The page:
French lesson: Independents help grow organic sales
Charles Redfern - 20 November 2012
An old acquaintance of mine, Jean Verdier, is president of Synabio (the Organic Trade Board equivalent in France). He recently sent me a link to an interview he gave on French TV.
Jean said it is great to see organic products in as many retail outlets as possible. He then went on to plead special privileges for the independent organic sector for two reasons.
Firstly, the independent organic sector is authentic – it support and promotes organic sales because it believes in the organic vision, and understands the bigger picture.
Secondly, most organic brands are small and medium size (SME) businesses, which find it hard to negotiate with huge corporates. Independent retails outlets are a much better fit for SME brands.
France like many European countries has an effective independent sector with hundreds of great organic stores. Even though France’s population and per capita GNP is roughly similar to ours, its organic market is double ours, and continues to grow, despite the recession.
French supermarket sales are increasingly dominant and causing (let’s call a spade a spade) unfair competition. But even in supermarkets, organic is sold less as a lifestyle option, and more as a vote for progress. Carrefour’s organic own label is called 'Agir Bio'. Agir means to act, to make a stand.
Back in the UK, the Organic Trade Board reports excellent results for its current advertising campaign, Organic. Naturally Different
. Recent results shows 35,000 Likes on Facebook, while 80% surveyed said, “The outdoor ads would be VERY likely to encourage them to buy more organic”. Unfortunately the increased sales figures were all from Tesco and Sainsbury’s.
This has opened an old wound for me. The advertising campaign is heavily slanted in my mind to building up sales in the multiples – its decision-making structure, its choice of ad agency and advertising outlets.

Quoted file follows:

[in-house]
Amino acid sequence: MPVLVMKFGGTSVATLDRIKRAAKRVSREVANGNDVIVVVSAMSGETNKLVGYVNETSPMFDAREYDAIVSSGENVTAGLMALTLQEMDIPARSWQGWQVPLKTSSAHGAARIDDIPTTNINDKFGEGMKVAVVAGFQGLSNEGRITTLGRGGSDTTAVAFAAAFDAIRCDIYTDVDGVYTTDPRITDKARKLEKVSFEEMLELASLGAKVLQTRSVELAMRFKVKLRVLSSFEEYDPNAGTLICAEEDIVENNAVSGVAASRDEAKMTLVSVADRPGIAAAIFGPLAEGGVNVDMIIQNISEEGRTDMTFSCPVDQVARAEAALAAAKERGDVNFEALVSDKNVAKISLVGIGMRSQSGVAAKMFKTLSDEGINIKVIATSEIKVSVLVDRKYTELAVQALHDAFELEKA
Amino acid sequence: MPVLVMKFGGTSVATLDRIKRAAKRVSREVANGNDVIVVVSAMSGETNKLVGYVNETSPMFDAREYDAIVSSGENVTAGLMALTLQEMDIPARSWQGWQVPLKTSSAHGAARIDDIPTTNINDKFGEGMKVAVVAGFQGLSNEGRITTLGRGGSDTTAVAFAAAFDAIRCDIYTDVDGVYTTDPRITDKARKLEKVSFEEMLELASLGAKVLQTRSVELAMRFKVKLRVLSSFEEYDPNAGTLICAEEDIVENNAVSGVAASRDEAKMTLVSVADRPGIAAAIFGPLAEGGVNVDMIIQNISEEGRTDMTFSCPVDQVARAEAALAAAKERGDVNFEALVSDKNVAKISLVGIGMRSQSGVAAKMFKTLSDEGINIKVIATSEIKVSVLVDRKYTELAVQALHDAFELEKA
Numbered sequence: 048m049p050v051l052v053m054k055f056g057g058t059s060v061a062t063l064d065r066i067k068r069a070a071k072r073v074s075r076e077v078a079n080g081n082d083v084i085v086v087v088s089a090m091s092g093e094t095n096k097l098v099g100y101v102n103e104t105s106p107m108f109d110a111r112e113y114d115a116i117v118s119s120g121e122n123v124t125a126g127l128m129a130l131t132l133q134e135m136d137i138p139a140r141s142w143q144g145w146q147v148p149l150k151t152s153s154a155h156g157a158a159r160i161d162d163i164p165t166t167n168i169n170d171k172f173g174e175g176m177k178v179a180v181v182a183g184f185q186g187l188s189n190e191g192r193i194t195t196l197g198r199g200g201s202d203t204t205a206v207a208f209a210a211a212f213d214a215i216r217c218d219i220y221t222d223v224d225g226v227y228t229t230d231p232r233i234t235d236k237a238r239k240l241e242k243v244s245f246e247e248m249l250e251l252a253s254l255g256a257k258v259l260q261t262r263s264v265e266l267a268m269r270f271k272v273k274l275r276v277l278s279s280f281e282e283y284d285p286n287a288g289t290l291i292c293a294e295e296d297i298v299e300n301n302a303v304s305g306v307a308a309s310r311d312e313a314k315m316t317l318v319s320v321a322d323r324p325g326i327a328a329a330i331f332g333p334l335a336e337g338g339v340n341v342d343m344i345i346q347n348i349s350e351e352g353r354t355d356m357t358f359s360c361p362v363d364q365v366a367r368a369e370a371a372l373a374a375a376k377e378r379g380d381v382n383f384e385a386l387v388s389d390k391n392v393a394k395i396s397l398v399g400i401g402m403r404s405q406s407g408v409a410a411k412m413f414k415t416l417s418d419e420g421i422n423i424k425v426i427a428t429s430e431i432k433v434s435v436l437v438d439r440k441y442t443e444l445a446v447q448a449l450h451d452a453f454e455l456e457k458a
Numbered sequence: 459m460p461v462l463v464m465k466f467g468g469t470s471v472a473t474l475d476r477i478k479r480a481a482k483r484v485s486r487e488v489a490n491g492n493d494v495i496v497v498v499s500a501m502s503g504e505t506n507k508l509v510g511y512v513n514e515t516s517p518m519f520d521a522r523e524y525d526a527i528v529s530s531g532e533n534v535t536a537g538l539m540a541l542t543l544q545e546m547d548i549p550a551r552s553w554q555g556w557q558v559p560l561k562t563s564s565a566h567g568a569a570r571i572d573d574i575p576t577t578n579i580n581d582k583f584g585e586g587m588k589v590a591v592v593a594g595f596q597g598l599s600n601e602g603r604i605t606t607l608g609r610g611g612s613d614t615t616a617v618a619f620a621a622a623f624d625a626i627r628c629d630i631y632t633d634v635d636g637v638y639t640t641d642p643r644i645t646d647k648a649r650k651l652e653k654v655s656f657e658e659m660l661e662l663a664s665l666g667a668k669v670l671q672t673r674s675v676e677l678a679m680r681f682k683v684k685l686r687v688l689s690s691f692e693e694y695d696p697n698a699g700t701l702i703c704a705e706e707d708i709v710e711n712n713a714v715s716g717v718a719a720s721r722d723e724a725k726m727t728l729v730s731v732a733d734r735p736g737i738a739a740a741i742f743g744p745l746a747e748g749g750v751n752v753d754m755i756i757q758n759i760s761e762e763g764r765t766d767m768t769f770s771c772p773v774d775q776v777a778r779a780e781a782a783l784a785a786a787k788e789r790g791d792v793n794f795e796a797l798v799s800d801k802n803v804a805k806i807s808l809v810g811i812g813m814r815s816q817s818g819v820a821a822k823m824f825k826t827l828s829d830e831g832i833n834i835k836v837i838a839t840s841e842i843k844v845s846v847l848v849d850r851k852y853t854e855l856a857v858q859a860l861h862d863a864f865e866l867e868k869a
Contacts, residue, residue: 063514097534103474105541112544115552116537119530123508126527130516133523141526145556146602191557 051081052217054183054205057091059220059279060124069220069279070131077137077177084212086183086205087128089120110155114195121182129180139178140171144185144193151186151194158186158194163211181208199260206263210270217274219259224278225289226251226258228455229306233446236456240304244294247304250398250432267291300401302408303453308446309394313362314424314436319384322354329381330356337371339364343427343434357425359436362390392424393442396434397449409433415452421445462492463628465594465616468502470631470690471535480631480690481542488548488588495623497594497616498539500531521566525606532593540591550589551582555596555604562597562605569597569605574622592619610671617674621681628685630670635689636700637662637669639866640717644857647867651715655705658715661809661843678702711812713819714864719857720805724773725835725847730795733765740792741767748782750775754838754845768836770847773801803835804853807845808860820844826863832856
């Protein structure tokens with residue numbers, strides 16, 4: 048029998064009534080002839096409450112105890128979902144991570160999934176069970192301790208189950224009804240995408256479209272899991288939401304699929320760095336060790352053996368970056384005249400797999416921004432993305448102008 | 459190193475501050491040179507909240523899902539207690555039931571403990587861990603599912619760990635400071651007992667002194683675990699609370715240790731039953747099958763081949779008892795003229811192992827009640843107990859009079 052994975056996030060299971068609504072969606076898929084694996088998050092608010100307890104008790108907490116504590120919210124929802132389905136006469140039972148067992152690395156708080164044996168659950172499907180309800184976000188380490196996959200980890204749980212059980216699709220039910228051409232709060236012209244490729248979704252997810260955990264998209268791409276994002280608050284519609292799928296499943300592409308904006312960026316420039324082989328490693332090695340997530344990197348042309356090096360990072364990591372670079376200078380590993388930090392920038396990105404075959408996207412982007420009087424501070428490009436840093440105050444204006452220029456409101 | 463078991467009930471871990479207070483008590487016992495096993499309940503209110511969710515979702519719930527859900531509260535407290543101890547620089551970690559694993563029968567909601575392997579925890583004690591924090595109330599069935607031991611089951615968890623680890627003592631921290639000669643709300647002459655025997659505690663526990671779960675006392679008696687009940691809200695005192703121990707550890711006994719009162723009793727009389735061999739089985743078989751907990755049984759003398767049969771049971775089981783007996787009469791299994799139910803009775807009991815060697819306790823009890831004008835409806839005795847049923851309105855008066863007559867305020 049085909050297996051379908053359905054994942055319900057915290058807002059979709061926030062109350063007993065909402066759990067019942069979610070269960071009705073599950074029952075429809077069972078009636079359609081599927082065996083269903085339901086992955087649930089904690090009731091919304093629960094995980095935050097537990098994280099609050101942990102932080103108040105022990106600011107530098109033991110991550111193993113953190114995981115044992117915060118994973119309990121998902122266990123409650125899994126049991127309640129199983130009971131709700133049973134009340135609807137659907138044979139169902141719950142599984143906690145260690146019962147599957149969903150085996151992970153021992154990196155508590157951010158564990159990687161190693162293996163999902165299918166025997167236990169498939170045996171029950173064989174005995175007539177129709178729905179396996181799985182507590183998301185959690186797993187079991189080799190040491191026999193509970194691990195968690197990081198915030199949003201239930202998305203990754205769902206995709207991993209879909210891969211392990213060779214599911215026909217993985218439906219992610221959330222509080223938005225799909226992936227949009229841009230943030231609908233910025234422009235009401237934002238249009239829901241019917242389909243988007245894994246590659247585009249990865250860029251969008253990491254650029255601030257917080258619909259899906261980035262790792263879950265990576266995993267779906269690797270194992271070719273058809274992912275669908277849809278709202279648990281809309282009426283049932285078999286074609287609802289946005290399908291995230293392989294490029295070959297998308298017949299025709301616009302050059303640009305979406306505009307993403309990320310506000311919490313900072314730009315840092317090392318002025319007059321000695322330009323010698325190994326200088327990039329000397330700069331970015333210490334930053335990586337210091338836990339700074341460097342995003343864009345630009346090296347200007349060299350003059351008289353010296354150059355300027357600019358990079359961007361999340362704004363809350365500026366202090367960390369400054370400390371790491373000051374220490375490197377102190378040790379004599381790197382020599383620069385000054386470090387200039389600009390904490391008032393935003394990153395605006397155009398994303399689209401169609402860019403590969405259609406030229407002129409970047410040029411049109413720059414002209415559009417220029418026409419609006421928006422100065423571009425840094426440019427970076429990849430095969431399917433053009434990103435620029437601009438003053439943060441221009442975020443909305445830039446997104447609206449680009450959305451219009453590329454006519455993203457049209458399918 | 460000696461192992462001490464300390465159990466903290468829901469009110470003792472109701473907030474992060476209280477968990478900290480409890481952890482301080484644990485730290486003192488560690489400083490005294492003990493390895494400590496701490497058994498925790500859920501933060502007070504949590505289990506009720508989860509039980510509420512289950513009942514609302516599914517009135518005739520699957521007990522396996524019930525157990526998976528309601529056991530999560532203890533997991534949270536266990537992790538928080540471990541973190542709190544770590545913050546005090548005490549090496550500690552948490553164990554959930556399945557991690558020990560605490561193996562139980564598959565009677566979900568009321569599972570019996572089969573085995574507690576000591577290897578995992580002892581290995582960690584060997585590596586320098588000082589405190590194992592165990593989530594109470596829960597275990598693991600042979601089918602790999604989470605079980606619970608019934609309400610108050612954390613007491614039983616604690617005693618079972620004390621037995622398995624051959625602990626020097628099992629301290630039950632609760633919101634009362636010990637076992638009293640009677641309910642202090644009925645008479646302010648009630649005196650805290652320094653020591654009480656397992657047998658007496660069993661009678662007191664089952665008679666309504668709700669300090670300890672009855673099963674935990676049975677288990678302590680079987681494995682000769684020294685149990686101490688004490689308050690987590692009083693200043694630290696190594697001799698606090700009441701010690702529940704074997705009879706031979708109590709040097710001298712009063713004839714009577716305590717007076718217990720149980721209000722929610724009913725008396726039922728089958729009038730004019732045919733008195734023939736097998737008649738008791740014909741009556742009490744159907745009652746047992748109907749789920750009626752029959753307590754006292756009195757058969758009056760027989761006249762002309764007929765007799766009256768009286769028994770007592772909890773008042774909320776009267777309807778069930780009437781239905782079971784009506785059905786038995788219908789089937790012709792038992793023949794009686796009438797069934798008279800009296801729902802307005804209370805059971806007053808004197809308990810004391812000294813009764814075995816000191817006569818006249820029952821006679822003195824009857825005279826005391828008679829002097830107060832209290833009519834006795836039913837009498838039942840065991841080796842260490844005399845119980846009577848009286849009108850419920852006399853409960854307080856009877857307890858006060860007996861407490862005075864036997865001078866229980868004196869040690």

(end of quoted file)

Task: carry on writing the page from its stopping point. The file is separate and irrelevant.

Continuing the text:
Marketing people often tell me in fatherly tones that no one can ignore the 30% of organic sales that Tesco’s represent. Fine, OK. But none of these people has ever told me that we cannot ignore the 30% of sales that the independent retail sector represents.
The “indies” are organic pioneers – its true believers, promoters and supporters. I would like to see 30% of the Organic Trade Board’s next campaign totally and exclusively ring-fenced for the independent sector, not for adverts in Hello!, let alone the in-house media of supermarkets.
That 30% would go to support consumer sales of SME retailers and SME brands. And guess what – everybody would benefit. France and other European organic markets work because they have the real-food values of the independents at their core.
Independents brands and retailers understand in-depth the benefits of organic, and broadcast its messages.That’s one of the reasons why France and other European organic markets are growing.
Having people who actually believe in what they are saying and selling is a cornerstone of growth – not a job that can be left to Tesco's and Sainsbury's.
Charles is the founder of the ethical canned fish company, Fish4Ever, the sister company of Organico, both based in Reading. Fish4Ever's motto is Land, Sea and People. Its land ingredients are 100% organic - supporting traditional fishing communities is as important as saving the fish. He is currently involved in a number of awareness-raising campaigns working with WWF, Sustainable Fish City, the Environmental Justice Foundation and the Marine Conservation Society.